Its been a strange couple of months for all of us and life is slowly returning to “normal’. In a few days, my school will reopen and I will be thrust into the world of back to back classes, AP prep, unit tests, schedules and deadlines. Despite all my complaining, the past few months will forever occupy a cherished position in my heart. Hell, I’m already nostalgic for it.

Sure, the last few months have held panic, confusion and hard times. But it’s hard to not find a silver lining.

The pace of modern life is fast. We have so much to accomplish each day. We have our time calculated down to minutes. The pandemic forced us to drop our watches and calendars and throw all our plans out of the window.
It is perplexing that it took an entire global scale pandemic for us to realise that this scrambling mess of exhaustion that has become our routine, is not life.

Life now is New York at rush hour. But that is not how it is supposed to be. Life is supposed to be slow and steady, idyllic yet fulfilling. The rapid pace of today has taken the joy out of simple things. Producing music isn’t enough- you must produce every week to retain your audience’s attention, learning isn’t enough- you have to complete an entire book this semester.

When I used to walk outside, my mind was always preoccupied. I was thinking about my assignments, emails and other tasks I could have been doing. If anything, the pandemic has given us perspective. It shows us that despite what we do, nature can turn everything around. And it has forced us to pay attention to ourselves.

Why did everyone turn to baking bread? With all this time on our hands, why did we discover new passions and tend to old ones we’d discarded on the way? Was it because these idyllic small things give us more contentment than our work has ever given us?
I have fallen in love with sunsets. For some inexplicable reason, the orange is more vivid, the wind gentler and the birds prettier than ever. Or perhaps it is because I finally have the time to cherish it?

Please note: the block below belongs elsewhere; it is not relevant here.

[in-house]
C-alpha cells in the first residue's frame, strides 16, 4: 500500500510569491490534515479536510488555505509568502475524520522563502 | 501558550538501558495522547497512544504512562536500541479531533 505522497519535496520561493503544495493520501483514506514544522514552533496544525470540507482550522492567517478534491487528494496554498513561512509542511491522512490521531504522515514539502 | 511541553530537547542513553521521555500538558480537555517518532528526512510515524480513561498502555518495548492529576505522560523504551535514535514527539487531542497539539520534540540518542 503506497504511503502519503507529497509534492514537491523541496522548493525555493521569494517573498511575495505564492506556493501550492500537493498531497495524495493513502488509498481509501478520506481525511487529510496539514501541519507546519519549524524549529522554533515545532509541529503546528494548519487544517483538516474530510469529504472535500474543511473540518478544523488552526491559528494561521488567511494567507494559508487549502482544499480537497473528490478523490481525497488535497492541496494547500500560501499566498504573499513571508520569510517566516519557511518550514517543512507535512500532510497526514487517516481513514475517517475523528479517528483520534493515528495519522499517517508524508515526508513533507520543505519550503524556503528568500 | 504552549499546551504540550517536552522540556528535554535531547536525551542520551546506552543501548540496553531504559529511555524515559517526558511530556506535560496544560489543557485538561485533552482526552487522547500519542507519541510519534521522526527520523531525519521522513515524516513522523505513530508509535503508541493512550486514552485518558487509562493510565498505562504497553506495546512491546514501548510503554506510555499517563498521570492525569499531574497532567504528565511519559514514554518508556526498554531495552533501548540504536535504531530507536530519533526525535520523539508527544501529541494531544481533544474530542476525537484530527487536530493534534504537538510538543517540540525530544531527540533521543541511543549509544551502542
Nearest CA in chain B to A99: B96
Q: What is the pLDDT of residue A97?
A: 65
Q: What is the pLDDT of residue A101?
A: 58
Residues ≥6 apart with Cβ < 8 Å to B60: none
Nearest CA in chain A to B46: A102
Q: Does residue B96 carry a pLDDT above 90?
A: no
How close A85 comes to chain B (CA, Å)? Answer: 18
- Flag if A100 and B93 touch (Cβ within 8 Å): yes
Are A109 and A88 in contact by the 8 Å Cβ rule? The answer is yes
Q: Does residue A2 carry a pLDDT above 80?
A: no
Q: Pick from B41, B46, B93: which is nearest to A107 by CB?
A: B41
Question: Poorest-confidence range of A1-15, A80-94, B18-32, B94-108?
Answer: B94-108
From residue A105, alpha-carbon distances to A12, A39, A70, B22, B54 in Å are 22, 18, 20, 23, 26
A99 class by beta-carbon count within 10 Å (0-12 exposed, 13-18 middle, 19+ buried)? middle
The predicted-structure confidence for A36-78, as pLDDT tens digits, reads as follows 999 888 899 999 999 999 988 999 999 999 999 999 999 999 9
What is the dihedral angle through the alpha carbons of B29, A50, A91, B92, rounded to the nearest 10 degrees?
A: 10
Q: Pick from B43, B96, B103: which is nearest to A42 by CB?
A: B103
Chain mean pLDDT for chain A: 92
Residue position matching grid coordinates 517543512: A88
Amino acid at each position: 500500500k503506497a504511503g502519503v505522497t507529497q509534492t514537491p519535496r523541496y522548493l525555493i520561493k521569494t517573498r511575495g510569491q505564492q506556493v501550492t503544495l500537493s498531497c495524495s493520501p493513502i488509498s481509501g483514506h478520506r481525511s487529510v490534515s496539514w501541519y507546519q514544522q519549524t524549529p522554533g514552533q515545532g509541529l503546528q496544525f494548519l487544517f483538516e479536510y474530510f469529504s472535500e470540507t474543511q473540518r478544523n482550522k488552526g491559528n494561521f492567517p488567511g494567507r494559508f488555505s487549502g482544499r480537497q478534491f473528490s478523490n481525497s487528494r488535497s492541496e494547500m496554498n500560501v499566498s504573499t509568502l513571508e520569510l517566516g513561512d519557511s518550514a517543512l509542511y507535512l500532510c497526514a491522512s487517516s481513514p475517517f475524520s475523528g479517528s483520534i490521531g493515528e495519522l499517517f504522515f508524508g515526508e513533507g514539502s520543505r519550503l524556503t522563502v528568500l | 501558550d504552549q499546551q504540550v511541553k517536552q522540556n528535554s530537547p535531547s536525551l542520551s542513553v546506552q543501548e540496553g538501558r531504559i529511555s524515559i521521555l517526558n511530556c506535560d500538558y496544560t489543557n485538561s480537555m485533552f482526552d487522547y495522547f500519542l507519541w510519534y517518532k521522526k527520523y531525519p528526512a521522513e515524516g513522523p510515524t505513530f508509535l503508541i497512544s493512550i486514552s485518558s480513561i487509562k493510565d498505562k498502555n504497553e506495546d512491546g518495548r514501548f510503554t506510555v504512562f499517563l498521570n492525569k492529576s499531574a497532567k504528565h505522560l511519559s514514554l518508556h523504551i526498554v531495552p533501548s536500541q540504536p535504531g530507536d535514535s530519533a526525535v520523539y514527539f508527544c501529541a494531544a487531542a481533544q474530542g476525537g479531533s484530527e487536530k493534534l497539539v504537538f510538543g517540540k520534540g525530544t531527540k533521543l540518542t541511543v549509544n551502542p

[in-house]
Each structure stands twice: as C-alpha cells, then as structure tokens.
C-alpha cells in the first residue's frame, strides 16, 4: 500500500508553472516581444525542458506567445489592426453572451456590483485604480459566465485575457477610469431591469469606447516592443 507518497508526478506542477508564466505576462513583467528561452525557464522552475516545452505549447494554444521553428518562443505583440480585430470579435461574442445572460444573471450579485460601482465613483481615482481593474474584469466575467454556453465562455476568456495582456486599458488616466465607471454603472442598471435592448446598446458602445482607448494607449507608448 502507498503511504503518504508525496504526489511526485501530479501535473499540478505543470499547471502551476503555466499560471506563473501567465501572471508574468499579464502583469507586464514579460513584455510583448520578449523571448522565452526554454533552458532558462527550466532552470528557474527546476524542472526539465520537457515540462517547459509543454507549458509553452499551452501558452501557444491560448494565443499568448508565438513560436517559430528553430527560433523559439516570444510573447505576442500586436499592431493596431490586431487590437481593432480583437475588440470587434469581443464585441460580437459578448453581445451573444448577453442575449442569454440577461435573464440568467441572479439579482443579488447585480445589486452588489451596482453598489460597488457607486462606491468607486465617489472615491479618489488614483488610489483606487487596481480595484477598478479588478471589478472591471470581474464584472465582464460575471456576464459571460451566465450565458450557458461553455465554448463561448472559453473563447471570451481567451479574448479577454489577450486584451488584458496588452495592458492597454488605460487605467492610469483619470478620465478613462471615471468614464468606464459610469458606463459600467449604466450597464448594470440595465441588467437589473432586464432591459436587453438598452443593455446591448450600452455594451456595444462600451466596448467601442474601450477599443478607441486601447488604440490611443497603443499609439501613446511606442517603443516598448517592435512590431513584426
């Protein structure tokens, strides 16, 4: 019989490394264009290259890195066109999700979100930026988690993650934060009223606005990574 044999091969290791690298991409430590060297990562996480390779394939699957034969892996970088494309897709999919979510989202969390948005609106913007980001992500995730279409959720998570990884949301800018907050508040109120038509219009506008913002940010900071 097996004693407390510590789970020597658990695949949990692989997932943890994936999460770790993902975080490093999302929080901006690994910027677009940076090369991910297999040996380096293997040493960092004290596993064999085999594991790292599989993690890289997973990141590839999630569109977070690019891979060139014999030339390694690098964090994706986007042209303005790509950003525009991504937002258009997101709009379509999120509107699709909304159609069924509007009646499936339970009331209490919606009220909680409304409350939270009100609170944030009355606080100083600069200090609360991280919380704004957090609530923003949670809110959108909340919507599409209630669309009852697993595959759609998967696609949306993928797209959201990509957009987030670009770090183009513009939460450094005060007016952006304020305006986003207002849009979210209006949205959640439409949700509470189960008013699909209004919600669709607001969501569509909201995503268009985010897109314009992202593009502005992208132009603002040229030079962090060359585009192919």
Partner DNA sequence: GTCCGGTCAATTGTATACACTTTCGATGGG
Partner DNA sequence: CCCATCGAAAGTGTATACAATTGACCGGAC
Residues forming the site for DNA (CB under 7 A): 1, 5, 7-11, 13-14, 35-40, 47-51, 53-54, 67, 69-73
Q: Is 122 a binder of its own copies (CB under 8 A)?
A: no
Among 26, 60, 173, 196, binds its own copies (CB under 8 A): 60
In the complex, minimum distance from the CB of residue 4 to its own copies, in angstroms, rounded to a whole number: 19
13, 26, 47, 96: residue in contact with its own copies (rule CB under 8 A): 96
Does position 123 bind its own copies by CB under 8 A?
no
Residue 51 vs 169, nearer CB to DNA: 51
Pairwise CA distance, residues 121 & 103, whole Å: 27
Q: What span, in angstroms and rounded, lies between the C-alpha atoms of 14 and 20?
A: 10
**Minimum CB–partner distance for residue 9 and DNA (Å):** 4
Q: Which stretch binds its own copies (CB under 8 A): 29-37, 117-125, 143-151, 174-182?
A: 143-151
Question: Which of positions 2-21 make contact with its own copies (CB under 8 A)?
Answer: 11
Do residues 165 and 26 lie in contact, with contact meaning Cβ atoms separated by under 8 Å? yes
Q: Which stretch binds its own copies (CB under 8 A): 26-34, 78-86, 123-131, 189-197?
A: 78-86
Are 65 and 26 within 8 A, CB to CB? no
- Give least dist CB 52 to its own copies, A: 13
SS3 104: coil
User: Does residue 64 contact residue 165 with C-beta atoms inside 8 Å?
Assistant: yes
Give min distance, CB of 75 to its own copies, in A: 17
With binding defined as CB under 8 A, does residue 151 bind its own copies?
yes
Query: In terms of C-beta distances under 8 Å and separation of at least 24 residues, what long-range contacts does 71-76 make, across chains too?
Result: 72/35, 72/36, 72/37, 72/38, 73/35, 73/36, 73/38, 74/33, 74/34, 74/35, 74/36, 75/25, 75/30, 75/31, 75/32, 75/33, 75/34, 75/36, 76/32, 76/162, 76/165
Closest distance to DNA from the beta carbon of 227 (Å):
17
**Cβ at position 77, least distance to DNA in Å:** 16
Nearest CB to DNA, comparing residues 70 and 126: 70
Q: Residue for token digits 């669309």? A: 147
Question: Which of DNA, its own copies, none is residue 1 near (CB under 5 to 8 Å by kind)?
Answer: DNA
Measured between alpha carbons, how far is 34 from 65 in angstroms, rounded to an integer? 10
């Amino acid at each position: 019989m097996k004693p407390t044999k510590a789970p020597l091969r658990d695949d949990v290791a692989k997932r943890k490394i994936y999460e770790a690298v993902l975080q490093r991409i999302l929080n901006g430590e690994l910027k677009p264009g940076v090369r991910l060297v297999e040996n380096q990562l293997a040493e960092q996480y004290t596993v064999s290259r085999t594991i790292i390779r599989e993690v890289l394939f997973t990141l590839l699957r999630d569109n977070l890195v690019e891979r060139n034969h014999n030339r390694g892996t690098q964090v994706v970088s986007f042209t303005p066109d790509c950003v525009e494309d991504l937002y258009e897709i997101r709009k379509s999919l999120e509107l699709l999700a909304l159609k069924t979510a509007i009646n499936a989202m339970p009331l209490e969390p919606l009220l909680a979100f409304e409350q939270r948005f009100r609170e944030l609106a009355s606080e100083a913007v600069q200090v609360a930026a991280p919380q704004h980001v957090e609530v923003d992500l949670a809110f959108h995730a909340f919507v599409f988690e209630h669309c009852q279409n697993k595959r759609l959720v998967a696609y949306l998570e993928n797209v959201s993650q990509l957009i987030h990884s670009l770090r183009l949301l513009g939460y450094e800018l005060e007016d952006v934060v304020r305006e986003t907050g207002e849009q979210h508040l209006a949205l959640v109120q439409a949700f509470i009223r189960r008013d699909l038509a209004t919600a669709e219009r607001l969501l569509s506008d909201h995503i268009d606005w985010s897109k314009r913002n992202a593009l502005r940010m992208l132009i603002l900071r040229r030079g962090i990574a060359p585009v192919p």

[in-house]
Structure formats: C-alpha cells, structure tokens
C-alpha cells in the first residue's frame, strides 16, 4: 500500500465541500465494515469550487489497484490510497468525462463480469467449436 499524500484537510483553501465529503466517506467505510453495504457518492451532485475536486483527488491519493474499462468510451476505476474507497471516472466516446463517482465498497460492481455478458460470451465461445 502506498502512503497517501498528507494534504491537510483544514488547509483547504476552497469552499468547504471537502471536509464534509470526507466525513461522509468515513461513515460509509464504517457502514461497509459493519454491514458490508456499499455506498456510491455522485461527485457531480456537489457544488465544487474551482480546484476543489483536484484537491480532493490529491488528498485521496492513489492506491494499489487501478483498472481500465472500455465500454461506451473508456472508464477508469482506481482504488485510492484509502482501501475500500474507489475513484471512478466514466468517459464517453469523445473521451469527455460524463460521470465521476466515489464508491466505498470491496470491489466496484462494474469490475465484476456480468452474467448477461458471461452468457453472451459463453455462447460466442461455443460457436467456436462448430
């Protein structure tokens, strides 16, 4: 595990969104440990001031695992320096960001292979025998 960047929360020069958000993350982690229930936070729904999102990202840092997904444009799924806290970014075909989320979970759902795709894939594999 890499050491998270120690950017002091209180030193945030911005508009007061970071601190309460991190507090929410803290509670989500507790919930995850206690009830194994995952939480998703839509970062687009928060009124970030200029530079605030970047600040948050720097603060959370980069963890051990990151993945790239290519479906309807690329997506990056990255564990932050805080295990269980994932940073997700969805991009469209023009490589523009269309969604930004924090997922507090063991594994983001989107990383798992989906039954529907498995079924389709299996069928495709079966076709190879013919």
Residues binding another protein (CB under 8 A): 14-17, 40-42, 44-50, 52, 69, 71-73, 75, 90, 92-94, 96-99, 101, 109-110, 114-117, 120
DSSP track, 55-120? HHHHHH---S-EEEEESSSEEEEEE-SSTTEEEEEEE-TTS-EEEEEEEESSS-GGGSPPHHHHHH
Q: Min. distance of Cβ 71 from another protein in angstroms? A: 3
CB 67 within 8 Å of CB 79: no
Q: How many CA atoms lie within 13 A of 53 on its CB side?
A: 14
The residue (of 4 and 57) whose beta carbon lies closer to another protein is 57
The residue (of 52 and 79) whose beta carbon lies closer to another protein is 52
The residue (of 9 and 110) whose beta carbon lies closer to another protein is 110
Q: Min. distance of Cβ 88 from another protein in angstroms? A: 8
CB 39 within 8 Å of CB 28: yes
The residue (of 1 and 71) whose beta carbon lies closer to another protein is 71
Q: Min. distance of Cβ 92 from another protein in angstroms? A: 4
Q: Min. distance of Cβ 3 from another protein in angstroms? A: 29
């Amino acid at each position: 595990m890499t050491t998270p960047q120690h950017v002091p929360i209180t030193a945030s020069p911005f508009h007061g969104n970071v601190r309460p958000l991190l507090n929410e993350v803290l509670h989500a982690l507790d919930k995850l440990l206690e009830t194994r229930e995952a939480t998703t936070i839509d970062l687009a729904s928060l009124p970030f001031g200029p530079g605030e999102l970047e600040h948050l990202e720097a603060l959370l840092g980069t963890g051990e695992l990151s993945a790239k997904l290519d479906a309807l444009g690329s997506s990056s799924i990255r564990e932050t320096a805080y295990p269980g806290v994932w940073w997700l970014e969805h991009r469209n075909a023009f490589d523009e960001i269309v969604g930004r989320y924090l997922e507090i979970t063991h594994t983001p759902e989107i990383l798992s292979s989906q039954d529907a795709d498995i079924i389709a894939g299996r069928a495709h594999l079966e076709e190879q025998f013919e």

I finally tried all the things I’ve wanted to with my art. I always wanted to try oil paints, but when would I have the time between school, homework and extracurriculars? Not only have I now started oil painting, but I already have a few masterpieces to my name; an ode to the streams I eventually visited.

I have so much to be grateful for. My sister and I discovered our love of cooking and cooked dishes from multiple cuisines over these months. My family enjoyed game nights, a treat normally reserved for birthdays and the arrival of guests.

I sketched under the shade of trees, picked berries, and so much more. I woke up one fine morning, went into the woods and collected fresh pine needles just to make perfume. I truly do not remember the last time I indulged in something so frivolous and found such contentment. There is something so therapeutic in stirring pine needles, watching the bubbles rise to the surface and smelling the delicate perfume waft up.

It isn’t just these tiny moments either. I have studied science like never before. Not because I have to, but because I genuinely enjoy the subject. I have learnt so much about my friends too. It’s funny how there are so many friendships that exist merely due to attending the same place. Apart from coincidentally meeting, there is nothing else that really holds this connection.

Nevertheless, this period has allowed so many of us to take a moment to ourselves and finally reflect. (In fact, my desktop apps have been arranged according to colour.)
As I write, my dad, my sister and I are busy making shrimp curry to surprise my mother. There is old Hindi song blaring from my phone and we’re laughing at my sister’s poor moves. It’s a weekday and we’d normally never have the time. Maybe its time for a new normal.

The pandemic has tossed our world upside down, but there is so much to be grateful for. Life might be different but it’s a few shades brighter in many ways.

-Adyesha Singhdeo